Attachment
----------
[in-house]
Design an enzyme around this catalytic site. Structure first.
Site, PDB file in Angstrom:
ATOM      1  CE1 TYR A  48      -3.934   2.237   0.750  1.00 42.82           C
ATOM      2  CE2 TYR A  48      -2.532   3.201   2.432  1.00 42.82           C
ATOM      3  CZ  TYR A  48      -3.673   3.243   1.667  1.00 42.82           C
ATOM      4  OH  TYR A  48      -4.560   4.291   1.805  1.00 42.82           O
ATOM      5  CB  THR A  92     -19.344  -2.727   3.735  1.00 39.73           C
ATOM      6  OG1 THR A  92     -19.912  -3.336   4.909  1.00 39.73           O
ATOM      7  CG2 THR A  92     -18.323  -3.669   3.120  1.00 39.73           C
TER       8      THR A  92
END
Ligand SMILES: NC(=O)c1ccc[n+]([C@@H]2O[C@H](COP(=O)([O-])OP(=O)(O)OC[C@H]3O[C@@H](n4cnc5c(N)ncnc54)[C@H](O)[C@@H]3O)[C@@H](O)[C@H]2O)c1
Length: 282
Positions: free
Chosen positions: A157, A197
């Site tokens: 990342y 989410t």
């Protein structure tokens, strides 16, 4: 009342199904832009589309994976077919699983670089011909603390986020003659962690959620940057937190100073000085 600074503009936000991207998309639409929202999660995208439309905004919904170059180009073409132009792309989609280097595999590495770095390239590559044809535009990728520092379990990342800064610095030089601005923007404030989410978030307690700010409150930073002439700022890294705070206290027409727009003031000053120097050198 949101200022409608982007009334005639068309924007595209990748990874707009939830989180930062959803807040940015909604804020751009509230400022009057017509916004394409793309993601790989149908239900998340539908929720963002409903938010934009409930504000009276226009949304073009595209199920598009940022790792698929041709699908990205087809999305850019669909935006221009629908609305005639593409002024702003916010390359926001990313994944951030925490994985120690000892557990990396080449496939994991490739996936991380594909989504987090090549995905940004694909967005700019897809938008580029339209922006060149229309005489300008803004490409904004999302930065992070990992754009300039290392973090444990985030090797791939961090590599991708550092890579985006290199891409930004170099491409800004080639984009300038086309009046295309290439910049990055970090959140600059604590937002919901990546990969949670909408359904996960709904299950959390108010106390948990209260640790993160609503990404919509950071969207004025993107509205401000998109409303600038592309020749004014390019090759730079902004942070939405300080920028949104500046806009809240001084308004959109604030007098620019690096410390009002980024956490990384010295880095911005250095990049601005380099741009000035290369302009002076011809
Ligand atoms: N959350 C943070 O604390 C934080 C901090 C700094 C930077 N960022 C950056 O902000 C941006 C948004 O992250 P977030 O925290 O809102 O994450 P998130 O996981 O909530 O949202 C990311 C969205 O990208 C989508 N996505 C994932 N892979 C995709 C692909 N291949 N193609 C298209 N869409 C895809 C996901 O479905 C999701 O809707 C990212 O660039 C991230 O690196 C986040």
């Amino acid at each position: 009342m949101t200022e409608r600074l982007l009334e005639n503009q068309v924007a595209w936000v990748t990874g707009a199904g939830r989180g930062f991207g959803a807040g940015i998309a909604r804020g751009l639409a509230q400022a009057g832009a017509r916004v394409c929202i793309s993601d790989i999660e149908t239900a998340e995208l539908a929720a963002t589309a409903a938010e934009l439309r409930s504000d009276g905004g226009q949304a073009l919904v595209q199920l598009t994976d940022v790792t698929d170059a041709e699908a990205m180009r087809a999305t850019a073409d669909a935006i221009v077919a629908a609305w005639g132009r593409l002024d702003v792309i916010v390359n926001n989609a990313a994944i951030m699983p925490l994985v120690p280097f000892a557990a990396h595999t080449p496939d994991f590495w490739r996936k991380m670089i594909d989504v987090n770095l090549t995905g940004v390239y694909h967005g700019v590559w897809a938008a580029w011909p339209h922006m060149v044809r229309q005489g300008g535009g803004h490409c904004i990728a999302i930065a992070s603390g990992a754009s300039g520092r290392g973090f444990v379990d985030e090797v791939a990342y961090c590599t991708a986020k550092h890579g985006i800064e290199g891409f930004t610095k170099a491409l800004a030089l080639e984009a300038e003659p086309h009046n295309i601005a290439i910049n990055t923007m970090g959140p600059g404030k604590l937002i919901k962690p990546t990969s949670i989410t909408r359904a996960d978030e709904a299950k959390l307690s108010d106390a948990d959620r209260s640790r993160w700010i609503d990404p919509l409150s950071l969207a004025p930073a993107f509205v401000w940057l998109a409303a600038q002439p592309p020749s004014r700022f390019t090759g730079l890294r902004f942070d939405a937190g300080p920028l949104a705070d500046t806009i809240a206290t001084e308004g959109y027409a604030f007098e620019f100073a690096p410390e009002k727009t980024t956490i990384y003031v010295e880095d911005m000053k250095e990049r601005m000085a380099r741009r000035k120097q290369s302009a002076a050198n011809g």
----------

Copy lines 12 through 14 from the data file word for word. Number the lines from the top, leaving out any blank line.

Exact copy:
END
Ligand SMILES: NC(=O)c1ccc[n+]([C@@H]2O[C@H](COP(=O)([O-])OP(=O)(O)OC[C@H]3O[C@@H](n4cnc5c(N)ncnc54)[C@H](O)[C@@H]3O)[C@@H](O)[C@H]2O)c1
Length: 282